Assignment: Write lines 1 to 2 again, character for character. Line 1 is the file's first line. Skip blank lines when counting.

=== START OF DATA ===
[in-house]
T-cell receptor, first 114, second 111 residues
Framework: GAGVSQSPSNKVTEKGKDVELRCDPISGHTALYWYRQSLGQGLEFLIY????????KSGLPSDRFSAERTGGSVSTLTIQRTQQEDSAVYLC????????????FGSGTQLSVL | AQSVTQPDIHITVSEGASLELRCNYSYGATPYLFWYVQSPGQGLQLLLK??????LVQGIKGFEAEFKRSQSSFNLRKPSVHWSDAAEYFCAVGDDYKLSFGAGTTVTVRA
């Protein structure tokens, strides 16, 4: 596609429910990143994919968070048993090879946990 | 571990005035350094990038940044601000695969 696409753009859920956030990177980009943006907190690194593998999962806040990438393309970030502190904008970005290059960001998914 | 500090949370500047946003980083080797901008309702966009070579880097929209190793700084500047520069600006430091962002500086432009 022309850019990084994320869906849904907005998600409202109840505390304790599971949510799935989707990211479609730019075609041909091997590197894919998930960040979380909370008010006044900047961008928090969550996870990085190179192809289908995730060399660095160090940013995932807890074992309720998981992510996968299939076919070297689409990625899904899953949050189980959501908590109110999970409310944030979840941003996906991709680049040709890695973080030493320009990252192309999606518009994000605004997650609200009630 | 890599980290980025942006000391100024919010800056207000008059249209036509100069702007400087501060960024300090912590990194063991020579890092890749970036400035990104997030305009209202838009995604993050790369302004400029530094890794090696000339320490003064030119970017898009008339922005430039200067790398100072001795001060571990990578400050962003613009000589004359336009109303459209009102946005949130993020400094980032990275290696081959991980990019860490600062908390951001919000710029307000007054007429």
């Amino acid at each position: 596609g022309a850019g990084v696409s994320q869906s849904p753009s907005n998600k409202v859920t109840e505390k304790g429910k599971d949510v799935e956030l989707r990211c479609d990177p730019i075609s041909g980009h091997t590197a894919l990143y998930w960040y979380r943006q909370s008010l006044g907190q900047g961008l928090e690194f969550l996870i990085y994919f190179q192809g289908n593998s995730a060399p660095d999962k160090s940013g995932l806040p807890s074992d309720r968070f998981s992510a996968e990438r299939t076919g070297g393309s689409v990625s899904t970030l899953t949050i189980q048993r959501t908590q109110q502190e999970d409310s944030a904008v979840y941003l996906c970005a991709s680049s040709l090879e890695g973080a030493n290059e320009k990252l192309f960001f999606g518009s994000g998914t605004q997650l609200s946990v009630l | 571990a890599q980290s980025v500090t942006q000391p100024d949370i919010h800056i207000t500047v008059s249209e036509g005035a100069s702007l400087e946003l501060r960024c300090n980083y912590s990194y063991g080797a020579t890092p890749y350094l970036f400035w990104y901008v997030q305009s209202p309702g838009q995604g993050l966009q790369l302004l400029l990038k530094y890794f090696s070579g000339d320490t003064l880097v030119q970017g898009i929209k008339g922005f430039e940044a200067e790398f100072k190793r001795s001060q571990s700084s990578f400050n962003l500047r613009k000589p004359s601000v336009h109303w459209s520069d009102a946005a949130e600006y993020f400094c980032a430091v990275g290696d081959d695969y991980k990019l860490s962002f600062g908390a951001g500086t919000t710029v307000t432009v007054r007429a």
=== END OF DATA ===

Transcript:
[in-house]
T-cell receptor, first 114, second 111 residues